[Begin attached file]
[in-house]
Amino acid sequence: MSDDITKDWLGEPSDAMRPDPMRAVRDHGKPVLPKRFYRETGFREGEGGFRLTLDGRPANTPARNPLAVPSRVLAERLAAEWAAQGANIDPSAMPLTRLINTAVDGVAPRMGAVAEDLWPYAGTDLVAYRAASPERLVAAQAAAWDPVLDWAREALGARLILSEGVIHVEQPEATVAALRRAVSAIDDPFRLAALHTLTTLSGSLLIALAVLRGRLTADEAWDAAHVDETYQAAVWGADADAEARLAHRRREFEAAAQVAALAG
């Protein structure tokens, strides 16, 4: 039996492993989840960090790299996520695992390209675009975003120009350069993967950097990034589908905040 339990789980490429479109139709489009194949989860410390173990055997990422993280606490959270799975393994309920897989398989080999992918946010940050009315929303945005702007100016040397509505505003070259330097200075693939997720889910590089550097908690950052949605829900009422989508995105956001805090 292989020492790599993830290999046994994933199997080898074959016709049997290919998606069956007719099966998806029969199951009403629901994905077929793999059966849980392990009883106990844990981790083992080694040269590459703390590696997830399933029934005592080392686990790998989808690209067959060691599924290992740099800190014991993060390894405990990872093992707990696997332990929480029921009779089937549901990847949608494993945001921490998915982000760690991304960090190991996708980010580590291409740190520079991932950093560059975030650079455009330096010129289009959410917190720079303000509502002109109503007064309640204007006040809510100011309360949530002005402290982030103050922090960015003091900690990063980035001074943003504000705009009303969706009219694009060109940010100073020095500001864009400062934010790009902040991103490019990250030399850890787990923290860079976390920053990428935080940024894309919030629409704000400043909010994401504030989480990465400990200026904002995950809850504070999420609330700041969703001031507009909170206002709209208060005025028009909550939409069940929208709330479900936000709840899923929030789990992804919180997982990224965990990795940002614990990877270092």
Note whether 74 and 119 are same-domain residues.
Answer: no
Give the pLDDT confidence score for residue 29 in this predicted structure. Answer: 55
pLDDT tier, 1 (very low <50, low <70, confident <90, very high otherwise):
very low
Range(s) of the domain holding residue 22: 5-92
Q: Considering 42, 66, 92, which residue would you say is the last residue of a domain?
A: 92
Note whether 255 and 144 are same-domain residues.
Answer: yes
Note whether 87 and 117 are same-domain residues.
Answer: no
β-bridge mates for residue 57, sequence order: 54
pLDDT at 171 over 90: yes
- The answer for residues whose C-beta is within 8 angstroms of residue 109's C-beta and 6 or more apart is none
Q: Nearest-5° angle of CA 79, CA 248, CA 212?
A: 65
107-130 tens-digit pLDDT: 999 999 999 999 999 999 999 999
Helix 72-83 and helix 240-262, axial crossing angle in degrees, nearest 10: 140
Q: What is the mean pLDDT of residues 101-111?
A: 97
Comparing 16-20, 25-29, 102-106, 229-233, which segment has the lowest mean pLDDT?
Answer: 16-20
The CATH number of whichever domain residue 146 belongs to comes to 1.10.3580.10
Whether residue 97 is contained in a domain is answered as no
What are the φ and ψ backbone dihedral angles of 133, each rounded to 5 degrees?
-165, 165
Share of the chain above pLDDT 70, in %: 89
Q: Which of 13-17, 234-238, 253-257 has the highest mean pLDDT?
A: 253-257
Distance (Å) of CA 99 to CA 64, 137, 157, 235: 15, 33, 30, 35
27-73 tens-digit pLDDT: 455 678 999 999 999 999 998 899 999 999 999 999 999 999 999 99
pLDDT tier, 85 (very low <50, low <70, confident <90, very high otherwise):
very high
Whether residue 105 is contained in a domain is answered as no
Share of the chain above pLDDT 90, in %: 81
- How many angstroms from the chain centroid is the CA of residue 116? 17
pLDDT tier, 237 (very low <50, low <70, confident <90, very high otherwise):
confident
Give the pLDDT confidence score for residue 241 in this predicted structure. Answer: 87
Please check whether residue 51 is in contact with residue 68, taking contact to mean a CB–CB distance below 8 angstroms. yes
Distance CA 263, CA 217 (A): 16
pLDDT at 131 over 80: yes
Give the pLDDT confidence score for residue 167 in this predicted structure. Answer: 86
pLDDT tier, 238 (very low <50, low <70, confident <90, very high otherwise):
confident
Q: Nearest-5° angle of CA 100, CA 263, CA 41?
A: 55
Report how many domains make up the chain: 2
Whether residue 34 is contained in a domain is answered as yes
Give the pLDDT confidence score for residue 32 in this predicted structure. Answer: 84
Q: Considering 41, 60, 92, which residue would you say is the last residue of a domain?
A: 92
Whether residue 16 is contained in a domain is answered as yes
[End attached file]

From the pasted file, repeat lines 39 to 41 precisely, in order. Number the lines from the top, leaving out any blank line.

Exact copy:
Share of the chain above pLDDT 90, in %: 81
- How many angstroms from the chain centroid is the CA of residue 116? 17
pLDDT tier, 237 (very low <50, low <70, confident <90, very high otherwise):